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Keynote Speaker of the 19th congress of IAHR-APD

Keynote Speaker

Van-Thanh-Van Nguyen

- Chair of Department of Civil Engineering and


Applied Mechanics
- Director of the Brace Centre for Water Resources
Management at McGill University, Canada

Title of the Speech

Linking Climate Change to Hydrological Impact and Adaptation


Studies: Recent Developments in Downscaling Methods

Personal Profile

Professor Nguyen is holder of the Endowed Brace Chair Professor in Civil


Engineering at McGill University (Canada). He is also Chair of Department of
Civil Engineering and Applied Mechanics and Director of the Brace Centre for
Water Resources Management at McGill. His scientific and professional
contributions over more than 30 years have been mostly in the areas of
Hydrology and Water Resources Management. His research interests cover a
remarkable range of topics including: modelling and analyses of various
hydrologic processes (rainfalls, temperature extremes, floods, river flows, ice
accumulations, reservoir inflows); modelling of river basin and urban storm
drainage systems; assessment of climate change impacts on water resources;
regional estimation of extreme hydrologic variables; forecasting and simulation
of hydrologic series; and management of water resources systems for sustainable
development. He is author or co-author of over 200 articles in refereed journals,
specialized monographs and conference proceedings since 1979 to date. He has
been invited to serve in various national and international expert committees
(WMO, UNESCO, etc.), scientific journal editorial boards (ASCE J. of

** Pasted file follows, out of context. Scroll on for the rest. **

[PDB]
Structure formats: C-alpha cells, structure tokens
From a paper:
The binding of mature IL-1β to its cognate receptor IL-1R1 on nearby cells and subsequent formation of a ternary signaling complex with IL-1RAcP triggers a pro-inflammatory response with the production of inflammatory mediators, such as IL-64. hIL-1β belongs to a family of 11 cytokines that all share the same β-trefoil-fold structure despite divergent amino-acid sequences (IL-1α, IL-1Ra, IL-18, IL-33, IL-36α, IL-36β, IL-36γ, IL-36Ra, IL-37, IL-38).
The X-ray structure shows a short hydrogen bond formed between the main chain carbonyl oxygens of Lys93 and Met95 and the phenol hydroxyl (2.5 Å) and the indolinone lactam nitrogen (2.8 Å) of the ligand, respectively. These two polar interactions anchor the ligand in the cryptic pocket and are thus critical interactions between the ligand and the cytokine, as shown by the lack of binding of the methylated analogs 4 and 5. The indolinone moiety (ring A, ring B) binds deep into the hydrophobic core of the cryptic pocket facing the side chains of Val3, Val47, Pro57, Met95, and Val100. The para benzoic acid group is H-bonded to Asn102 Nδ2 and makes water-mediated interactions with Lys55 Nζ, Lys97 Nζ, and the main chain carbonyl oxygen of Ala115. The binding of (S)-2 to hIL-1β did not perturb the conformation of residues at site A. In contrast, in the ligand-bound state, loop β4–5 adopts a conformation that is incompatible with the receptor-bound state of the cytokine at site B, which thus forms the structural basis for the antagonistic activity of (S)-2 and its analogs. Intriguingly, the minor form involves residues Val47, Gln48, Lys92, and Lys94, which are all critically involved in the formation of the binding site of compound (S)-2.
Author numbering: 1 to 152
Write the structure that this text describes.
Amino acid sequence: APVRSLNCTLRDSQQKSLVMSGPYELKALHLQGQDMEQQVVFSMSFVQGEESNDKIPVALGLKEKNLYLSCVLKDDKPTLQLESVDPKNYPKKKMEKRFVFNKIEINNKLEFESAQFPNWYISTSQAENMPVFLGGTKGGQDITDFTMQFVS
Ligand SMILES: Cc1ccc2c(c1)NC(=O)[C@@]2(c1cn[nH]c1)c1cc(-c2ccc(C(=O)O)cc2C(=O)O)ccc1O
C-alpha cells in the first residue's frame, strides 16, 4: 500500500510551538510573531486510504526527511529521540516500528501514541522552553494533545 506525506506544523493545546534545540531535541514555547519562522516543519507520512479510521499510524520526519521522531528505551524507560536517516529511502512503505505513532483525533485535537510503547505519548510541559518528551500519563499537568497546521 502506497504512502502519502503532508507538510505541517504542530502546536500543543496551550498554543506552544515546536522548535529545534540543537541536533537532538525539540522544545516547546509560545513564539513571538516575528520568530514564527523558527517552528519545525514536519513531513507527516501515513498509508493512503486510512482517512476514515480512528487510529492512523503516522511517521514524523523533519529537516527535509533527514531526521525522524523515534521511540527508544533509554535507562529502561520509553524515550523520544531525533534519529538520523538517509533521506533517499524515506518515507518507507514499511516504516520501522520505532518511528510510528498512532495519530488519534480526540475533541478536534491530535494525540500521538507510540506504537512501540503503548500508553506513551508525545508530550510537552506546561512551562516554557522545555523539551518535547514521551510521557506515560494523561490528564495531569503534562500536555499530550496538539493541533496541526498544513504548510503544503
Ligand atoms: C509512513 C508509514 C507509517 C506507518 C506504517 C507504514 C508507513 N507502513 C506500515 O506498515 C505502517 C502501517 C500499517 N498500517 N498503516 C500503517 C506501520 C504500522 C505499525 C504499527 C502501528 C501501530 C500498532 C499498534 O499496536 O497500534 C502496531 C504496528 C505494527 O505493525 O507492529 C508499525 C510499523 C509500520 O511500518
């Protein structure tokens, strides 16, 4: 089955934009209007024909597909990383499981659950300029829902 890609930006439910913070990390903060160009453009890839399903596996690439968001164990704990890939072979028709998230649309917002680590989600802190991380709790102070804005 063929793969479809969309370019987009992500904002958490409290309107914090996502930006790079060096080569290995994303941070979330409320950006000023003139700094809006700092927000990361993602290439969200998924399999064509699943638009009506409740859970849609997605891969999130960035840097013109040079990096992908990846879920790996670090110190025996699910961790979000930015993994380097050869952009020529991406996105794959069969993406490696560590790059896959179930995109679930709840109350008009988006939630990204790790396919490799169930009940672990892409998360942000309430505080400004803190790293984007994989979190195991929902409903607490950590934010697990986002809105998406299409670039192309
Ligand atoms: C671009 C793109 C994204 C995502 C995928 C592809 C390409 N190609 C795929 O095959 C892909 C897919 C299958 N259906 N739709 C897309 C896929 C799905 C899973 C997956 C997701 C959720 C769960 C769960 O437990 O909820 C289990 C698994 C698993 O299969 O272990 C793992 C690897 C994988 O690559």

Hydrologic Engineering, IAHR J. of Hydro-environment Research, IAHR J. of
Hydroinformatics, etc.) as well as to deliver keynote lectures at many
universities, scientific conferences, and training workshops in Canada and
abroad. He has been invited professors at universities in Australia, Canada,
Japan, Malaysia, Singapore and Thailand. Finally, since several years he has
been being active in international co-operation activities with colleagues in
North-America, Europe, and in Asia-Pacific region. He has been elected as
President of the Hydrological Science Section of the Asia-Oceania Geosciences
Society (2006-2008).

Abstract: Climate change has been recognized as having a profound impact on


the hydrologic cycle; and Global Climate Models (GCMs) have been
extensively used in many studies for assessing this impact. However, outputs
from these models are usually at resolutions that are too coarse (generally
greater than 200km) and not suitable for the hydrological impact assessment at a
regional or local scale. Hence, different downscaling methods have been
proposed for linking GCM predictions of climate change to hydrologic
processes at the relevant space and time scales for these impact studies. Of
particular importance for hydrologic applications are those procedures dealing
with the linkage of the large-scale climate variability to the historical
observations of the precipitation and temperature processes at a local site or over
a given watershed. If this linkage could be established, then the projected change
of climate conditions given by a GCM could be used to predict the resulting
changes of the local precipitations and temperatures and other related hydrologic
variables such as runoff characteristics. Therefore, the overall objective of the
present paper is to provide a review of some recent progress in the modeling of
precipitation and extreme temperature processes in a changing climate from both
theoretical and practical viewpoints. In particular, the main focus of this paper is
on recently developed statistical downscaling methods for linking GCM climate
predictors to the observed precipitations and temperature extremes at a single
site as well as at many sites concurrently. Notice that many previous works have
been dealing with downscaling of these hydrologic processes at a single site, but
very few studies are concerned with the downscaling of these series for many
locations concurrently because of the complexity in describing accurately both
observed at-site temporal persistence and observed spatial dependence between
the different sites. Examples of various applications using data from different
climatic conditions in Canada and in other countries in Asia will be presented to
illustrate the feasibility and accuracy of the proposed methods.